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Connect with Neighbors on Nextdoor for National Preparedness Month

Written by Matt Flegal

September is National Preparedness Month (NPM), when we are all reminded how important it is to prepare for emergencies with our communities and families. The slogan for this year is “Don’t wait. Communicate. Make your emergency plan today.” And for good reason. Once an emergency happens, it’s too late to prepare, which is why we recommend visiting the official National Preparedness Month website for more information. 

Nextdoor’s mission is to use the power of technology to build stronger and safer neighborhoods. We care deeply about the safety of the communities we serve. Here are some simple steps to jumpstart your own preparations:

  • Make an emergency plan with your family and community
  • Introduce yourself to your neighbors
  • Sign up for Nextdoor’s urgent alerts
  • Fill out your Nextdoor profile, including skills that you can offer in times of crisis, such as CPR certification.
  • Encourage public safety agencies that serve your neighborhood to join Nextdoor if they haven’t already, to receive timely updates during emergencies
  • Sign up for a Community Emergency Response Team (CERT/NERT) certification course

It’s clear that neighbors who know each other and have a way to communicate are better prepared when emergencies happen. And while we have seen members use Nextdoor as a tool to become more prepared, we have also seen how essential Nextdoor can be during times of emergency.

For example, during the Napa Earthquake in 2014, discussions about the earthquake surged as neighbors used Nextdoor to see who else felt the earthquake and check-in with each other. We have seen similar spikes in neighbor interaction on Nextdoor during floods, hurricanes, and fires.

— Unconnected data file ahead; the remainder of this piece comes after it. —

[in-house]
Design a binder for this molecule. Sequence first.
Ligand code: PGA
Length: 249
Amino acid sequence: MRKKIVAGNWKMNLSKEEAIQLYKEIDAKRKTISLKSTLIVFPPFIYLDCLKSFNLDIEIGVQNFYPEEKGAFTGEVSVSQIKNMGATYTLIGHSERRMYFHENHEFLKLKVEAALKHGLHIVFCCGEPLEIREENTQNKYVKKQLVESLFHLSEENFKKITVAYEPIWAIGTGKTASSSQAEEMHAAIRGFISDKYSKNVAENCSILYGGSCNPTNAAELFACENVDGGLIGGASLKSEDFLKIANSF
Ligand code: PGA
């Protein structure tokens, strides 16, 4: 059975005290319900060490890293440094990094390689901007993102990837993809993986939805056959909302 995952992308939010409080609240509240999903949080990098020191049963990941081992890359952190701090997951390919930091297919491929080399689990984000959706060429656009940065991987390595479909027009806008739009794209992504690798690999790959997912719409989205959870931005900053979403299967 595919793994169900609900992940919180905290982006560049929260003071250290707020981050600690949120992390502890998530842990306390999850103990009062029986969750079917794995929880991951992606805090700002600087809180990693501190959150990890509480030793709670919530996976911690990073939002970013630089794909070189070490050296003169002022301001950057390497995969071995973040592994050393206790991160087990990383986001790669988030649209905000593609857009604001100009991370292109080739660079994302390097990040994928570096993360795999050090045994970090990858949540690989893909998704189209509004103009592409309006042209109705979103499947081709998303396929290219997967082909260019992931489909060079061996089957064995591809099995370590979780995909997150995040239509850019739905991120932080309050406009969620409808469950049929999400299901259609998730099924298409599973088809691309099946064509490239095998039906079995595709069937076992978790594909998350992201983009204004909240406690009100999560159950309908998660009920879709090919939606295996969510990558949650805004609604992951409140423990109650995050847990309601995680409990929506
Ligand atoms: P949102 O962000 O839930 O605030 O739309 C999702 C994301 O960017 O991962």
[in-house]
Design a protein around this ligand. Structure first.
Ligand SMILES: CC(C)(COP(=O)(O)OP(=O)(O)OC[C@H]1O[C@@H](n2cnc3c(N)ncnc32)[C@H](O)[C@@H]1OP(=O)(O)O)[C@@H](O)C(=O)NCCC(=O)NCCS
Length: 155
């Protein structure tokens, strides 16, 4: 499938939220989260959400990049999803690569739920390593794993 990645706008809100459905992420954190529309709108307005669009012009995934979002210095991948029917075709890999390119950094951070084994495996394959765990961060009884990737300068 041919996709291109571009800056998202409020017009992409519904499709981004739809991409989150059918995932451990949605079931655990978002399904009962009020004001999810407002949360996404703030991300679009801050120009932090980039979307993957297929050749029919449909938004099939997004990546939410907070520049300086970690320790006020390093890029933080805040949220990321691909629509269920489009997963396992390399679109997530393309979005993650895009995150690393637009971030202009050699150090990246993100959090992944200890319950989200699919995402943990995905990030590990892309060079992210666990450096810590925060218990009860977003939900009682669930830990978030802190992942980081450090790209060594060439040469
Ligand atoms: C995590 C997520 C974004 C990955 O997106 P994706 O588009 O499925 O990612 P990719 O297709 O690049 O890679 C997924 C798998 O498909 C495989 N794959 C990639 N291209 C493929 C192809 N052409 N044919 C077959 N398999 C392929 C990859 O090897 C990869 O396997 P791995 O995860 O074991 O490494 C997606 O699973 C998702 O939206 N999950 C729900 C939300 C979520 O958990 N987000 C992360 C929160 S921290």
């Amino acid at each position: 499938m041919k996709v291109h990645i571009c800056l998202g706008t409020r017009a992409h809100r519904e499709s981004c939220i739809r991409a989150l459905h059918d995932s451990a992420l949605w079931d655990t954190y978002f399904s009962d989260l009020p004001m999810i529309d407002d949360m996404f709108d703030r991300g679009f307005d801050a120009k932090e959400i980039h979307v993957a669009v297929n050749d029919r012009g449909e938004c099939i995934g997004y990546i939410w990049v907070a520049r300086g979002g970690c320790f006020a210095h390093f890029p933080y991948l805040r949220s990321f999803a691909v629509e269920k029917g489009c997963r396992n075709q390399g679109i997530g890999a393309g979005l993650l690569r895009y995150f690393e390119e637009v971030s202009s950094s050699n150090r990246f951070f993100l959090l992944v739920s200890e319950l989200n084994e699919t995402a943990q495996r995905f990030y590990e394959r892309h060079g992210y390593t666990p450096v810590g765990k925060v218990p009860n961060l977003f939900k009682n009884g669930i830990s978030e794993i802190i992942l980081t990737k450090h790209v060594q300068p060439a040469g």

Dallas-Flood conversations1

Flood conversations explode on Nextdoor across Dallas during the floods of May, 2015

For weather-related events, neighbors use Nextdoor to connect before, during and after the event. In these scenarios Nextdoor is a way to stay connected to the neighborhood in times of crisis. Note the flood conversations in the graphic below, where people had several days to prepare beforehand and engage with each other on Nextdoor.

NPM Graphic1.002

Spikes in conversations on Nextdoor related to two natural emergencies in 2014


Earthquake Conversations1 - SFBayArea

Earthquake discussions explode across the Bay Area moments after the Napa earthquake

Over 1,000 public agencies, such as offices of emergency management and police departments, have partnered with Nextdoor over the last two years. These agencies use Nextdoor in a variety of ways, whether it’s to engage the community and promote preparedness with safety information, or even to send out targeted urgent alerts before and during emergencies.

Houston OEM Urgent Alert

A flood alert from the Houston Office of Emergency Management


“Services like Nextdoor, which promote interaction and community development, can play a key role in laying the foundation for better preparedness,” said Dr. Daniel Aldrich, professor of political science and Co-Director of the Security and Resilience Studies Program at Northeastern University.

Throughout the month we’ll share stories about communities that have used Nextdoor to connect with each other during emergencies in their communities.



  • I live in a small town and there is an individual female who is being ostracized and she does not know why? How can she handle this? Is there a place to post to all members in her neighborhood>

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